In both “Black Elk” and “Young Goodman Brown”, the main character’s beliefs are displayed through their perception on nature. Each story depicts separate cultures; Puritanism in “Young Goodman Brown” and the Native American culture demonstrated in “Black Elk”. The main difference between these two cultures revolves around the basic beliefs in which they are structured. The fundamental faith of Puritanism renders on the idea of the world’s continuous progression; whereas, the Native American viewpoint on nature illustrates a focal recognition of the never ending cycle of life. In both stories, nature plays a crucial role as it causes both main characters to reflect on their society and beliefs. In “Young Goodman Brown”, the journey into the forest in which Goodman Brown partakes, causes him to discover the devilish qualities existing in human nature, while in “Black Elk”, Black Elk’s spirituality allows him to recognize the flaws within himself and everything around him.
Black Elk’s view of the world around him portrays his recognition and personal belief of the connection which the forest creates among all people. He initially recognizes the beauty in the world, but once the white people come and destroy his homeland, the beauty is no longer visible. Black Elk notices a land stripped of its greatness, only left as a flat land lacking purpose. For Native Americans, the land that they thrive upon not only serves as a source of shelter, but also a source of life. The land connects them to all parts of the world, “I was still on my bay horse, and once more I felt the riders of the west, the north, the east, and the south, behind me in formation, and we were going east.”(BE1) His fellow brethren travel the same direction regardless of their initial home and common roots.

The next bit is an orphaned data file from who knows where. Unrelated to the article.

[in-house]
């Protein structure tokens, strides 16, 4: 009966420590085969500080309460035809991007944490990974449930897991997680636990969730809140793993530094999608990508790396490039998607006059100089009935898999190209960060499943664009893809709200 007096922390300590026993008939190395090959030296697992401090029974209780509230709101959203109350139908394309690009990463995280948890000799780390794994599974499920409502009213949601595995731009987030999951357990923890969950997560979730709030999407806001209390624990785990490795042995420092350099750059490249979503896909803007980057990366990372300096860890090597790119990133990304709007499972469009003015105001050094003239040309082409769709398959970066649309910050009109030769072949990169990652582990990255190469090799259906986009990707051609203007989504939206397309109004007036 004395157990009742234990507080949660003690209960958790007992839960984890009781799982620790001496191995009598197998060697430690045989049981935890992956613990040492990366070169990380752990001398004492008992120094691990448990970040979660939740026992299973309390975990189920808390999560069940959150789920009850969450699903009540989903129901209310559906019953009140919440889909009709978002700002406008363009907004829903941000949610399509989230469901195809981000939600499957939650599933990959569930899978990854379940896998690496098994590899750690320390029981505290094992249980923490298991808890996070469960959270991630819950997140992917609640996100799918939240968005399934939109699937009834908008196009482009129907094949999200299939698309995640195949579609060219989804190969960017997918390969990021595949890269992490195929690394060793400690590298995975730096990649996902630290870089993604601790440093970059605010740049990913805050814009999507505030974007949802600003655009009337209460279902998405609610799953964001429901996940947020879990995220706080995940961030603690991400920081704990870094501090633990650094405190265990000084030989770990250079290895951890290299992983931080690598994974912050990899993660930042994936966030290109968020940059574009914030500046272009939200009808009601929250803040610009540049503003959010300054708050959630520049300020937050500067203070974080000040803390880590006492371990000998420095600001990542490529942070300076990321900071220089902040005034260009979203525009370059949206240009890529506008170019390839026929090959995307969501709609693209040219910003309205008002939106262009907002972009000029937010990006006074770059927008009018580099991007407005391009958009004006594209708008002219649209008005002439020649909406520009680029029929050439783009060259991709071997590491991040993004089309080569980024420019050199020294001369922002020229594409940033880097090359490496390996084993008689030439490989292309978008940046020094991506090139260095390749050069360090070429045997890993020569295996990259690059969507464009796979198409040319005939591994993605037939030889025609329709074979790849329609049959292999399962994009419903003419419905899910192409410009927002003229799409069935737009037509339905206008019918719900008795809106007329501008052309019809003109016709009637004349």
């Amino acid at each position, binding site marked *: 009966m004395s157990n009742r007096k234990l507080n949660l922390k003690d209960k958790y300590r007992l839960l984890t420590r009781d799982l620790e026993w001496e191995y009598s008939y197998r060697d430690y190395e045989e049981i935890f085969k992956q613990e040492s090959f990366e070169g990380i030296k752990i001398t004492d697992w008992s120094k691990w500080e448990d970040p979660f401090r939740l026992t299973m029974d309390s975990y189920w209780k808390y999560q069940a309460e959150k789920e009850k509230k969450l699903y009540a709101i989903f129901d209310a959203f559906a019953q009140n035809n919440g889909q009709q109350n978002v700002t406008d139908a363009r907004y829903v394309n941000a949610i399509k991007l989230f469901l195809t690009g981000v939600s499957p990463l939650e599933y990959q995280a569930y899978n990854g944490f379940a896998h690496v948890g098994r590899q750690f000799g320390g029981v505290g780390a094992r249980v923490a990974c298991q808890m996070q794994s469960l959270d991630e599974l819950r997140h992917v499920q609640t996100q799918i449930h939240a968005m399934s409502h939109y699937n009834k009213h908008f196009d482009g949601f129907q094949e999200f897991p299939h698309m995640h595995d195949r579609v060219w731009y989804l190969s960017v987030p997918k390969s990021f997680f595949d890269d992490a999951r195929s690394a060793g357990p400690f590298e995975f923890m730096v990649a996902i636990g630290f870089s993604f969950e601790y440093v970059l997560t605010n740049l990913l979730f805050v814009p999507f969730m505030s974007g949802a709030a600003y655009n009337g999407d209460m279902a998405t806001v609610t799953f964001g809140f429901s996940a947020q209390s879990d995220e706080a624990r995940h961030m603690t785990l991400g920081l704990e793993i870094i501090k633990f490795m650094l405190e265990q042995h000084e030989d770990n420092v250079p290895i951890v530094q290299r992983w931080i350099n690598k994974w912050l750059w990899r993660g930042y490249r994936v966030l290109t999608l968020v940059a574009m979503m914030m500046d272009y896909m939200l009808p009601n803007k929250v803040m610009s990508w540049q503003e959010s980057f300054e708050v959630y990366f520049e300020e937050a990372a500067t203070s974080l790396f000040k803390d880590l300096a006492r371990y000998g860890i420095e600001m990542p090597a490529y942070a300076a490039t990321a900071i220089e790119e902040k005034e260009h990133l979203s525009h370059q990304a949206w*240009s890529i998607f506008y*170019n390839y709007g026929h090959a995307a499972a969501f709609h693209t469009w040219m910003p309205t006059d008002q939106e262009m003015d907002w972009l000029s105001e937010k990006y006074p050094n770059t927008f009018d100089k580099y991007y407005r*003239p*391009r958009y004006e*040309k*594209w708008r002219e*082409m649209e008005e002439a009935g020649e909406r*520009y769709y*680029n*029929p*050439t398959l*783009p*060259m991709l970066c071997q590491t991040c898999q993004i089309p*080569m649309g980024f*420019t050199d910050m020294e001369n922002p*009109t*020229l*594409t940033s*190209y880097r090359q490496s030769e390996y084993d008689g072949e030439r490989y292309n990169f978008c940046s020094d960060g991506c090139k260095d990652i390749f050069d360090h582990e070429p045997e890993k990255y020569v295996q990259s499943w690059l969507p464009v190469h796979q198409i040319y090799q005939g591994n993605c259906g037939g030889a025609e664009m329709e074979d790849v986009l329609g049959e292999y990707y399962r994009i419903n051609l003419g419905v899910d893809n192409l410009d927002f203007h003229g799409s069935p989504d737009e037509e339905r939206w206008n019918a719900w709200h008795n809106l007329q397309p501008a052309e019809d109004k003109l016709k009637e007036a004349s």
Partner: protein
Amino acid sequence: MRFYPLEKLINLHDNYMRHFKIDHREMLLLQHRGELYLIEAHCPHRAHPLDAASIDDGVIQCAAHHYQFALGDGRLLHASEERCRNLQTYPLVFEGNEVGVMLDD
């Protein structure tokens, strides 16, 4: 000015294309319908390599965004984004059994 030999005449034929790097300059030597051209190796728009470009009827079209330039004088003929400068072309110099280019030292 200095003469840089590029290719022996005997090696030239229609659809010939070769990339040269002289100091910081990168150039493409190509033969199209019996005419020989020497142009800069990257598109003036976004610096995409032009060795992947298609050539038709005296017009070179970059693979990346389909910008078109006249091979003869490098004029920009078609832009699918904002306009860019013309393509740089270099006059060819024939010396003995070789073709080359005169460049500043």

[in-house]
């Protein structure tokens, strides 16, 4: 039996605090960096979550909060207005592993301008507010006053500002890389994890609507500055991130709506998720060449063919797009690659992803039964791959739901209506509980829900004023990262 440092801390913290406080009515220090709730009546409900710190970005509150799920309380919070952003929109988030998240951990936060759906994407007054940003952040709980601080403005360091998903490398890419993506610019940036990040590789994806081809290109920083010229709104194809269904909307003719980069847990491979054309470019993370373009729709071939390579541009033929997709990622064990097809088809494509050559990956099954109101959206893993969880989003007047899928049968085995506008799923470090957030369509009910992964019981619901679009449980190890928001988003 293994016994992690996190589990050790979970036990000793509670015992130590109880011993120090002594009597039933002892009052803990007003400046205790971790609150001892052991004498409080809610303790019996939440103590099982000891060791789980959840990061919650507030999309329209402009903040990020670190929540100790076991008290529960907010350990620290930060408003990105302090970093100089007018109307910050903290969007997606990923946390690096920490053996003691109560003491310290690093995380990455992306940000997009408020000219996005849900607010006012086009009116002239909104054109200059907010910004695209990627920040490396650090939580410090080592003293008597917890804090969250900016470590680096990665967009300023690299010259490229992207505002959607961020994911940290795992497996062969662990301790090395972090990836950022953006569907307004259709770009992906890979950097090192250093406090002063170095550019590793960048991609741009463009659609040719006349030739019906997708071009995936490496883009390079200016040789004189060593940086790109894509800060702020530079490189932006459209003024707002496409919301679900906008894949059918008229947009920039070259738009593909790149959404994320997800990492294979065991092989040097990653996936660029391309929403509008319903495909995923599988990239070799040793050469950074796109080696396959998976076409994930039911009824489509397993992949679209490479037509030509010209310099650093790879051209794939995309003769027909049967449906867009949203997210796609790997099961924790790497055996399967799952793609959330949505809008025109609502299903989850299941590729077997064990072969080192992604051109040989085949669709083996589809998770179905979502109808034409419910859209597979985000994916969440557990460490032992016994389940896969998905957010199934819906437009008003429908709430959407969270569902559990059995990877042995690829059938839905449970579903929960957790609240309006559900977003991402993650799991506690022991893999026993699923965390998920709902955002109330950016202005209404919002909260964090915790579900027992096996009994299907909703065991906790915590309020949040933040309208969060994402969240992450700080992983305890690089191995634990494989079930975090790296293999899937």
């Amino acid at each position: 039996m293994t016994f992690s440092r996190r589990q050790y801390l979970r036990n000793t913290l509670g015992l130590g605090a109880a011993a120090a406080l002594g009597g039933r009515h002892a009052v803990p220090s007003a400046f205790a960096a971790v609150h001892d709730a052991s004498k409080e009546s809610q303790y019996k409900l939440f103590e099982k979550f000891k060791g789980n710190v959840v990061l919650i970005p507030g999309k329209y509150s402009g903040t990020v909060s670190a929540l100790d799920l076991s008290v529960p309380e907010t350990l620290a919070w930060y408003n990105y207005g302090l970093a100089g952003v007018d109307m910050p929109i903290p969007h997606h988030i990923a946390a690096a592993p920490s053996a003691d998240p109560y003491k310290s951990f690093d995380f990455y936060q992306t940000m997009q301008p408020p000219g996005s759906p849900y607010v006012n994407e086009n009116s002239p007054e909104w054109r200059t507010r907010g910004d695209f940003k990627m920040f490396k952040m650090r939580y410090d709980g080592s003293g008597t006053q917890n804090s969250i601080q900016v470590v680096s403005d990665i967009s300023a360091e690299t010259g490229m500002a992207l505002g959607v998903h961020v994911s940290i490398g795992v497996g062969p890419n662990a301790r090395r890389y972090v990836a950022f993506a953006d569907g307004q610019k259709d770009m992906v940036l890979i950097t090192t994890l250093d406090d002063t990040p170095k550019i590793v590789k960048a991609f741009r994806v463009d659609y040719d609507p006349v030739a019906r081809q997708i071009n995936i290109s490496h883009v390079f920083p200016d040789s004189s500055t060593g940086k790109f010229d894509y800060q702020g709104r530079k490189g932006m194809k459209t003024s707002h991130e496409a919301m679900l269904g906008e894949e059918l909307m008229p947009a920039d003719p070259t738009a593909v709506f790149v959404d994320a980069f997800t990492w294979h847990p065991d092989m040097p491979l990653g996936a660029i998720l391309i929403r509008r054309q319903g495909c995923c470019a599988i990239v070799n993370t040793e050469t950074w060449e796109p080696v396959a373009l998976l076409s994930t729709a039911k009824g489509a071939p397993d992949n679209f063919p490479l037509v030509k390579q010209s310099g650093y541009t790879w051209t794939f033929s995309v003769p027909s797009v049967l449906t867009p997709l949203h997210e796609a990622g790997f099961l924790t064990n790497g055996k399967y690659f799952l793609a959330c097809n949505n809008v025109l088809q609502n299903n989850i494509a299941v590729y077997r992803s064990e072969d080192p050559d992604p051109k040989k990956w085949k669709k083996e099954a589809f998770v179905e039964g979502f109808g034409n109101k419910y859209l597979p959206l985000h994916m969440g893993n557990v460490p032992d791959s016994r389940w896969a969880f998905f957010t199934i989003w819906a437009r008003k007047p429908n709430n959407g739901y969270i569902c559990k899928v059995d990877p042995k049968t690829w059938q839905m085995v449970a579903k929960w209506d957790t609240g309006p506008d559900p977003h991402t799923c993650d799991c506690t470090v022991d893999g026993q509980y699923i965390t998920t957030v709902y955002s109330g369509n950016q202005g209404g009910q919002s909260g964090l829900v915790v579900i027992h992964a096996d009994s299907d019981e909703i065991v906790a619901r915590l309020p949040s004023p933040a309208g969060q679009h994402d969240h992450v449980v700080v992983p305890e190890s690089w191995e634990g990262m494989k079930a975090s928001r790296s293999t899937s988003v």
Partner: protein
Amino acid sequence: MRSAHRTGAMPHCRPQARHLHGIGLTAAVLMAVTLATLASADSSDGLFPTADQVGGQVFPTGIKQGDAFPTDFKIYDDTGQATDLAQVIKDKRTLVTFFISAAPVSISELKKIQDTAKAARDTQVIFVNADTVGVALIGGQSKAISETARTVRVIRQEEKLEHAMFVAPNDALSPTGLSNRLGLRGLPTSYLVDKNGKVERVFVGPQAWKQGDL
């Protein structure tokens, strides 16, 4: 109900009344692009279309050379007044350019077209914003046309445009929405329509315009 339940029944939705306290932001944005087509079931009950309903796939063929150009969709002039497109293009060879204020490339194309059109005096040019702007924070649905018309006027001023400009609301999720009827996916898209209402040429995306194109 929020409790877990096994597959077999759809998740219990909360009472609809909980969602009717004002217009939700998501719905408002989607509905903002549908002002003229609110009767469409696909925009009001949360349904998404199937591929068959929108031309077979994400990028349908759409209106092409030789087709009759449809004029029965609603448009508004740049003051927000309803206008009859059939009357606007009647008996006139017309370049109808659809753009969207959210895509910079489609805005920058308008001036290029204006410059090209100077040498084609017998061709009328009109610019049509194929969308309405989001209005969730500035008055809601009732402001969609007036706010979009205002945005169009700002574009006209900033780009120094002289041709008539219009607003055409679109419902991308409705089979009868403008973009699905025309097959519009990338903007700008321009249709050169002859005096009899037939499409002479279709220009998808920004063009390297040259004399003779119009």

Young Goodman Brown portrays a surprising amount of fear prior to his journey, as well as his encounter with the devil. He views his path into the forest as a place of possible danger, “He...
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